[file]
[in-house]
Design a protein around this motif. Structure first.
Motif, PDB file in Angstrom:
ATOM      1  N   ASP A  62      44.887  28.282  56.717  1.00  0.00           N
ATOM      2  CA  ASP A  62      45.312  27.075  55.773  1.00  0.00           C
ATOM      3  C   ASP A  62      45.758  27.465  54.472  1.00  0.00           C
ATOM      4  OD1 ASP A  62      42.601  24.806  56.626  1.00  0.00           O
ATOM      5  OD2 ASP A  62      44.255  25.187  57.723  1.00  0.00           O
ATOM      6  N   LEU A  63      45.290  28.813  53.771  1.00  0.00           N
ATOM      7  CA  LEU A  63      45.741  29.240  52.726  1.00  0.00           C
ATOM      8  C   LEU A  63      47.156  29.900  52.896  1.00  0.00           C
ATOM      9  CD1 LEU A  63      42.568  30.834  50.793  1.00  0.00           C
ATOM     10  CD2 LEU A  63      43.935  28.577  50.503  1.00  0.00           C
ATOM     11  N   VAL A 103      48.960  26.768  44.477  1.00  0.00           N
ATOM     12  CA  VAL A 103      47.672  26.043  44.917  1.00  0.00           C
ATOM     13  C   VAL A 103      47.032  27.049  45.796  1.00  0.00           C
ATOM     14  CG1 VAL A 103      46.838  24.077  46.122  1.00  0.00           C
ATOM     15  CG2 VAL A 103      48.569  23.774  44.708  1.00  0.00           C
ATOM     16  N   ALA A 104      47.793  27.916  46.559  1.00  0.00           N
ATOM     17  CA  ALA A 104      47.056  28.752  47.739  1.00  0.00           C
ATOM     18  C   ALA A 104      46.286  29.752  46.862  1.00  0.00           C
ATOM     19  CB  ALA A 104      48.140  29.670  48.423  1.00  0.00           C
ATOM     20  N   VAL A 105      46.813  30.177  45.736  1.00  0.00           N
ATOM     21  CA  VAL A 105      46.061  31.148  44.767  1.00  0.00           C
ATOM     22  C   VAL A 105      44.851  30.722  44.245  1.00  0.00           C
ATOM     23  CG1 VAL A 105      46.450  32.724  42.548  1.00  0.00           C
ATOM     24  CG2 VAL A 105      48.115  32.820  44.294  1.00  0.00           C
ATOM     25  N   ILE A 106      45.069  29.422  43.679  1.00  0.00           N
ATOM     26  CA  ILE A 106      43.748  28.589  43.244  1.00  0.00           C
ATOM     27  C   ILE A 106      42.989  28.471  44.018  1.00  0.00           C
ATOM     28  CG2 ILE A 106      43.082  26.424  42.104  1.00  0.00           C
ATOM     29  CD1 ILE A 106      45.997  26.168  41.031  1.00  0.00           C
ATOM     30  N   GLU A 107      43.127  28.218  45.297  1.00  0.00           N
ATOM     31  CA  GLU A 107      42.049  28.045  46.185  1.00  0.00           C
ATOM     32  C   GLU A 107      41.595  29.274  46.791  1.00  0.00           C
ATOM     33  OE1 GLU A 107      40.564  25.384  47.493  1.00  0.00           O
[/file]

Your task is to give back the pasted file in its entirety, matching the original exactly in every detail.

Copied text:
[in-house]
Design a protein around this motif. Structure first.
Motif, PDB file in Angstrom:
ATOM      1  N   ASP A  62      44.887  28.282  56.717  1.00  0.00           N
ATOM      2  CA  ASP A  62      45.312  27.075  55.773  1.00  0.00           C
ATOM      3  C   ASP A  62      45.758  27.465  54.472  1.00  0.00           C
ATOM      4  OD1 ASP A  62      42.601  24.806  56.626  1.00  0.00           O
ATOM      5  OD2 ASP A  62      44.255  25.187  57.723  1.00  0.00           O
ATOM      6  N   LEU A  63      45.290  28.813  53.771  1.00  0.00           N
ATOM      7  CA  LEU A  63      45.741  29.240  52.726  1.00  0.00           C
ATOM      8  C   LEU A  63      47.156  29.900  52.896  1.00  0.00           C
ATOM      9  CD1 LEU A  63      42.568  30.834  50.793  1.00  0.00           C
ATOM     10  CD2 LEU A  63      43.935  28.577  50.503  1.00  0.00           C
ATOM     11  N   VAL A 103      48.960  26.768  44.477  1.00  0.00           N
ATOM     12  CA  VAL A 103      47.672  26.043  44.917  1.00  0.00           C
ATOM     13  C   VAL A 103      47.032  27.049  45.796  1.00  0.00           C
ATOM     14  CG1 VAL A 103      46.838  24.077  46.122  1.00  0.00           C
ATOM     15  CG2 VAL A 103      48.569  23.774  44.708  1.00  0.00           C
ATOM     16  N   ALA A 104      47.793  27.916  46.559  1.00  0.00           N
ATOM     17  CA  ALA A 104      47.056  28.752  47.739  1.00  0.00           C
ATOM     18  C   ALA A 104      46.286  29.752  46.862  1.00  0.00           C
ATOM     19  CB  ALA A 104      48.140  29.670  48.423  1.00  0.00           C
ATOM     20  N   VAL A 105      46.813  30.177  45.736  1.00  0.00           N
ATOM     21  CA  VAL A 105      46.061  31.148  44.767  1.00  0.00           C
ATOM     22  C   VAL A 105      44.851  30.722  44.245  1.00  0.00           C
ATOM     23  CG1 VAL A 105      46.450  32.724  42.548  1.00  0.00           C
ATOM     24  CG2 VAL A 105      48.115  32.820  44.294  1.00  0.00           C
ATOM     25  N   ILE A 106      45.069  29.422  43.679  1.00  0.00           N
ATOM     26  CA  ILE A 106      43.748  28.589  43.244  1.00  0.00           C
ATOM     27  C   ILE A 106      42.989  28.471  44.018  1.00  0.00           C
ATOM     28  CG2 ILE A 106      43.082  26.424  42.104  1.00  0.00           C
ATOM     29  CD1 ILE A 106      45.997  26.168  41.031  1.00  0.00           C
ATOM     30  N   GLU A 107      43.127  28.218  45.297  1.00  0.00           N
ATOM     31  CA  GLU A 107      42.049  28.045  46.185  1.00  0.00           C
ATOM     32  C   GLU A 107      41.595  29.274  46.791  1.00  0.00           C
ATOM     33  OE1 GLU A 107      40.564  25.384  47.493  1.00  0.00           O